24964_000_036(Based on a true story that took place in the 1960s)Therefore all things whatsoever ye would that men should do to you, do ye even so to them (Matt. 7:12).
Cammie’s mouth watered as she watched Leanne pass out her birthday treat—cupcakes trimmed with candies. She watched Leanne place one with purple candies on Josh’s desk, a huge one with pink candies on Shelly’s desk, and another one with chocolate candies on Nick’s desk. Cammie could hardly wait to see which one Leanne would give her. As she approached Cammie, Leanne frowned at her. “I know we’re not good friends, but she’ll still give me a good cupcake,” Cammie thought.
Leanne looked over the few cupcakes left in the box and selected a tiny squashed cupcake with only one candy on it. Looking down at the floor, she plopped that one onto Cammie’s desk. All the kids in Cammie’s row looked at her and whispered to each other. Cammie’s eyes burned with unshed tears. “I won’t cry,” she told herself. “Leanne’s just a snob. She won’t play with anyone but her own group of friends.” Cammie bit her lip and stared straight ahead.
After class, on the playground, Cammie talked to her best friend, Becky, about what had happened. “Just wait until my birthday next week,” Cammie said. “I’ll have something really special for my treat and I won’t give her any, or I’ll give her a really ugly one. Then she can see how it feels.”
That evening Cammie and her mom planned the treat Cammie would take to school the following week. Since Cammie loved chocolate, they decided on chocolate chip cookies.
“Mom, can we decorate them with lots of chocolate candies?” Cammie asked.
“Sure, that would look nice,” her mom answered. “You can put them on yourself, if you’d like.”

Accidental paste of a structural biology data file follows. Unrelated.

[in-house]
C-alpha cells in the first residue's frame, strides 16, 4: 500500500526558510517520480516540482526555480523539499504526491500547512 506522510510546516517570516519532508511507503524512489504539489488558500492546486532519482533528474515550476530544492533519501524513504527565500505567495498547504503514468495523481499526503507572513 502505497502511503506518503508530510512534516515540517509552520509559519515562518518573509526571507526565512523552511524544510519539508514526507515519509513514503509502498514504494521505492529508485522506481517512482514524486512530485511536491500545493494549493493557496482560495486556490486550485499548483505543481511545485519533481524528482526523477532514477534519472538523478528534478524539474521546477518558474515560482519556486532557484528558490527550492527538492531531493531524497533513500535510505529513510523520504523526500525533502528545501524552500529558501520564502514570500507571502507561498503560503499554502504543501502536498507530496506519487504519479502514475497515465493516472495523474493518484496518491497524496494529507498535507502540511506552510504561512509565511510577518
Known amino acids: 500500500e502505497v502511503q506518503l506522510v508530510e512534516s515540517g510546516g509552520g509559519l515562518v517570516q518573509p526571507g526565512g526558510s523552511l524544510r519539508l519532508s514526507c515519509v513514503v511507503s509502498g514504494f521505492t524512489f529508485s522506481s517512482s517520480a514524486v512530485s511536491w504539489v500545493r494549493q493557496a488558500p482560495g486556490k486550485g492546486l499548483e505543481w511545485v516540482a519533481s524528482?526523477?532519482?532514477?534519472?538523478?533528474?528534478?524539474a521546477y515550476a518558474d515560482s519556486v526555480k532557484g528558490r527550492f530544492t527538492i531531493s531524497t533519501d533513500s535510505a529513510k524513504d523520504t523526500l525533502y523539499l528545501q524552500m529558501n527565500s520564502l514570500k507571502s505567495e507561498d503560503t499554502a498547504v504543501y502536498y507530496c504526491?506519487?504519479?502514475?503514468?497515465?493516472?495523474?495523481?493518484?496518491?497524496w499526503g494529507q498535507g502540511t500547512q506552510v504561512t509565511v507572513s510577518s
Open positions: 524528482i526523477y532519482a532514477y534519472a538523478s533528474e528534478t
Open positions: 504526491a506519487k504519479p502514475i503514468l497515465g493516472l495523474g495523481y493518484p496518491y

“Oh, I’ll put them on all right,” Cammie thought. “I’ll make Leanne’s really special.”
The following week, Cammie nibbled on chocolate candies as she helped her mom bake the cookies. “Don’t eat them all before you decorate the cookies.” Mom laughed.
Cammie grinned and pushed the bowl of candies away. She spent the next hour carefully placing candies on each cookie as it came out hot and gooey from the oven. She put a variety of colors on some cookies and only blue and red or yellow and brown on some. She made a special one for Becky. Soon there were only a few cookies left to decorate.
“Now, for the one to give Leanne,” Cammie thought. She found a small, lopsided cookie and squished it in the middle, leaving a dent. Then she picked a misshapen chocolate candy and plunked it down on top of the small, crooked cookie. “That will serve her right,” Cammie thought.
After she said her prayers that night, Cammie lay awake thinking about how awful Leanne would feel the next morning. Thinking about it made Cammie feel bad all over again. “Should I do it? Am I doing the right thing?” she wondered. Finally she fell asleep, undecided.
At school the next day, Cammie’s class looked excitedly at the giant cookies with their bright trimmings. Cammie made a special effort to show them to Leanne. Leanne just sniffed and said, “They’re OK.” Then she sneaked another peek at the cookies. Cammie smiled to herself.
“All right, children, we have another birthday treat today,” the teacher announced. “Cammie, would you pass out your treat? My, it looks delicious.”
Cammie started passing out the cookies, not paying much attention to who got each one. “That way no one feels bad,” she thought. “No one but Leanne.” Leanne slid down in her seat with an uneasy look on her face.
Soon Cammie had passed out all but the last three cookies. Only two students remained: Leanne and Jody. Cammie gave a huge one to Jody, then turned to look right into Leanne’s eyes. When she saw how unhappy Leanne looked, she remembered what she had been thinking about the night before. Cammie knew how Leanne felt. She took a step forward and moved her hand toward the ugly little cookie. She froze as she saw a pleading look and tears in Leanne’s eyes.
“She did the same thing to me first,” a little voice inside her said. “But you know how it feels. Do you want to make someone else feel that way, too?” she thought. Suddenly the words, “‘Love your enemies’” and “‘do good to them that hate you,’” * came into her mind. Would she really feel better by making Leanne feel bad?
“Are you almost finished, Cammie?” her teacher asked as Cammie hesitated.
Cammie slowly picked up the bigger cookie, one with many colored candies on it, and placed it carefully on Leanne’s desk. “I made this one especially for you,” she said. Leanne’s mouth dropped open as she stared up at Cammie. Then Cammie returned to her desk and ate the squished little cookie herself. She had never tasted a better cookie.